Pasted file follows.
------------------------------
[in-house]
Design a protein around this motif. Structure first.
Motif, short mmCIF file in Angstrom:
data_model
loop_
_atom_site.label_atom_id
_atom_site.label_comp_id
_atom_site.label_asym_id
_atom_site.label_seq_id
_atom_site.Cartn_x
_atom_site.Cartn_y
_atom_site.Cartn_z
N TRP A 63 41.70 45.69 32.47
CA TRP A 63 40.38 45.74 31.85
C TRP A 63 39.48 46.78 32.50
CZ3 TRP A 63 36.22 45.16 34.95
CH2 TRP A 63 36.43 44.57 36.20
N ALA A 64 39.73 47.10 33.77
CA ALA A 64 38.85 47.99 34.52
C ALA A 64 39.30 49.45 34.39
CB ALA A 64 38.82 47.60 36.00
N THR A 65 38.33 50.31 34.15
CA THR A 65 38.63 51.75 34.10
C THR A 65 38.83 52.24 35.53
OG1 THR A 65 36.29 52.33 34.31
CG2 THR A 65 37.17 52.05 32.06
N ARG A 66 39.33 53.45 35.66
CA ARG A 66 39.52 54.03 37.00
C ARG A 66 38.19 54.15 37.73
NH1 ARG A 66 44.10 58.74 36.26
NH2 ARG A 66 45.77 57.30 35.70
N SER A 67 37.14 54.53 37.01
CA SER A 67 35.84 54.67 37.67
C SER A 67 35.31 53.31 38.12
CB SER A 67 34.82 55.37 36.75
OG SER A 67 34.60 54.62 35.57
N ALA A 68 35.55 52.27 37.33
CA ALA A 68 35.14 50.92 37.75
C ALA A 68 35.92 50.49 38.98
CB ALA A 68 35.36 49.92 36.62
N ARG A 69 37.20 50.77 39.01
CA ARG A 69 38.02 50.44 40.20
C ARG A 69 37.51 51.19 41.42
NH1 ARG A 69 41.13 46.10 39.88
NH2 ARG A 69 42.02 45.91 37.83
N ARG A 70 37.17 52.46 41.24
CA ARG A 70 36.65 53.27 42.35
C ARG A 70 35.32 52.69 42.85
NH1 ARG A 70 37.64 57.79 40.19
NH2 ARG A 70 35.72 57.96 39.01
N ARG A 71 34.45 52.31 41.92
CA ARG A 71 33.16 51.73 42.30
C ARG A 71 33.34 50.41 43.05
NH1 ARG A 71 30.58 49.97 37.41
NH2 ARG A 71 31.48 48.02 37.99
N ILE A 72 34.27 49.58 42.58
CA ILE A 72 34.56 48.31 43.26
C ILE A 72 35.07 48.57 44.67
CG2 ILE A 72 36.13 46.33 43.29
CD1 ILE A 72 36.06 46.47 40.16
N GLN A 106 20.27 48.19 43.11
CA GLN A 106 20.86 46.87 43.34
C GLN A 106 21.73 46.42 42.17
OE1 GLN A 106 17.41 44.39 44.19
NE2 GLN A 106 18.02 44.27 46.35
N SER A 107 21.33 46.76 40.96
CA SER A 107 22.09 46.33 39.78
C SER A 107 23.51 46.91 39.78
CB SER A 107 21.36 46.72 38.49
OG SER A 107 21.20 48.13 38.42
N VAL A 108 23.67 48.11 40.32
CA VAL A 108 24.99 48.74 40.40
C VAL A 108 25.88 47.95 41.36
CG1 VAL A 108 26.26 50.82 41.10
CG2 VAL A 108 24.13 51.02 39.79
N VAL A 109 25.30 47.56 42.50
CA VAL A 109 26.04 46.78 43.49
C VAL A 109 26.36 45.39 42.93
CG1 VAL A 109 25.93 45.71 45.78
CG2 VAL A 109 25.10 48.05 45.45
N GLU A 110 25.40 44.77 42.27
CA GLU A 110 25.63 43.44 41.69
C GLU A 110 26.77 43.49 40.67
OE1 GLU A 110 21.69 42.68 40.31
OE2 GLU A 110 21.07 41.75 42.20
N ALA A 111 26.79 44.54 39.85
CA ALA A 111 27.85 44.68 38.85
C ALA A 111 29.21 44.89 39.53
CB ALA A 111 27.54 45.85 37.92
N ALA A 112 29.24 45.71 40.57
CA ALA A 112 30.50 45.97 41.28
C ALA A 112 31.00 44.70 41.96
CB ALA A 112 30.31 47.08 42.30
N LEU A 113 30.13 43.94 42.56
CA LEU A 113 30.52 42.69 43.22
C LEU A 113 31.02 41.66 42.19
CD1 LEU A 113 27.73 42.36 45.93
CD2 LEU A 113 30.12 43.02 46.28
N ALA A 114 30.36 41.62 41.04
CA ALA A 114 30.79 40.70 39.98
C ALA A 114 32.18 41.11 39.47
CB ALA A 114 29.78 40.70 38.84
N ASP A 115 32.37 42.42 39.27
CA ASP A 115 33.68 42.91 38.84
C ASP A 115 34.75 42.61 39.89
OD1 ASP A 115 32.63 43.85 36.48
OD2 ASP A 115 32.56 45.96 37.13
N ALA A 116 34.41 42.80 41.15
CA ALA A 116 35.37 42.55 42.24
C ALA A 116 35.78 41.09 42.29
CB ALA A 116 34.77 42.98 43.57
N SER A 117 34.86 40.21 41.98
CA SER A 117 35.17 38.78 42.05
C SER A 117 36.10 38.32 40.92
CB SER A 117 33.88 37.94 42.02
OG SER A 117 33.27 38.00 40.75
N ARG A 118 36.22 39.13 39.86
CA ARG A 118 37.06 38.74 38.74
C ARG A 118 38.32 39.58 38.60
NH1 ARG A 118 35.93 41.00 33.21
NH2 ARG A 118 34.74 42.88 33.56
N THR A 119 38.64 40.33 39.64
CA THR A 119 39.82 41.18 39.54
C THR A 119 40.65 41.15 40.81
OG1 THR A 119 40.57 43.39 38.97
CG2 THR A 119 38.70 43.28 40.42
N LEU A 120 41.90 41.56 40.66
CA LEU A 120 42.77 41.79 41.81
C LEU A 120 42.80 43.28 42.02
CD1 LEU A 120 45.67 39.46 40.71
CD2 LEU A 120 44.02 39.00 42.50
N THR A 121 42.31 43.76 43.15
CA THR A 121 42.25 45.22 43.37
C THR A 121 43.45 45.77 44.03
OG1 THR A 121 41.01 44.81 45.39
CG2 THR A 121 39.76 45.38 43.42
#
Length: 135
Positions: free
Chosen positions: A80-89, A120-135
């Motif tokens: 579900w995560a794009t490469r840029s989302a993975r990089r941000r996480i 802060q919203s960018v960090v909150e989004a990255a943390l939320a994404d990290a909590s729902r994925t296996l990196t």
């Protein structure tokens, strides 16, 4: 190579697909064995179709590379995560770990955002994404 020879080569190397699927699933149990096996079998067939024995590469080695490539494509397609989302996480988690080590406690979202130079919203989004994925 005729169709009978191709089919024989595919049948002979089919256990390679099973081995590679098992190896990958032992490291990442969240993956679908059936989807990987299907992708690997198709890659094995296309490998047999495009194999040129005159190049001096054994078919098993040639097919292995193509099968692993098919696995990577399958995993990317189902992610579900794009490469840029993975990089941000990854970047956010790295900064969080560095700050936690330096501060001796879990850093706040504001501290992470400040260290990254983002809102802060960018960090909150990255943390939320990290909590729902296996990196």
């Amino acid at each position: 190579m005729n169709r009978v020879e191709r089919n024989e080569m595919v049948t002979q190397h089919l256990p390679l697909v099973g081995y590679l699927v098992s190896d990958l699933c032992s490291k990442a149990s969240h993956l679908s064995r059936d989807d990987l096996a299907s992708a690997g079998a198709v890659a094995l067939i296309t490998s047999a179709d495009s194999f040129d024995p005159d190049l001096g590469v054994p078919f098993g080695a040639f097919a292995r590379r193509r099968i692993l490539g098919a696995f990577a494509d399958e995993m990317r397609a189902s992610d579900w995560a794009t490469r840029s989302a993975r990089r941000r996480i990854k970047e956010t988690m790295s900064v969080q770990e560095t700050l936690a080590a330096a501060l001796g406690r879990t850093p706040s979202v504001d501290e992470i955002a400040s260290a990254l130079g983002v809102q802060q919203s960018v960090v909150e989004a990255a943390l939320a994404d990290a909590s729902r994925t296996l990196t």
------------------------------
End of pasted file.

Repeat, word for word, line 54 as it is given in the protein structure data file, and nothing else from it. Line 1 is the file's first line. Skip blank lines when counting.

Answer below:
NH1 ARG A 71 30.58 49.97 37.41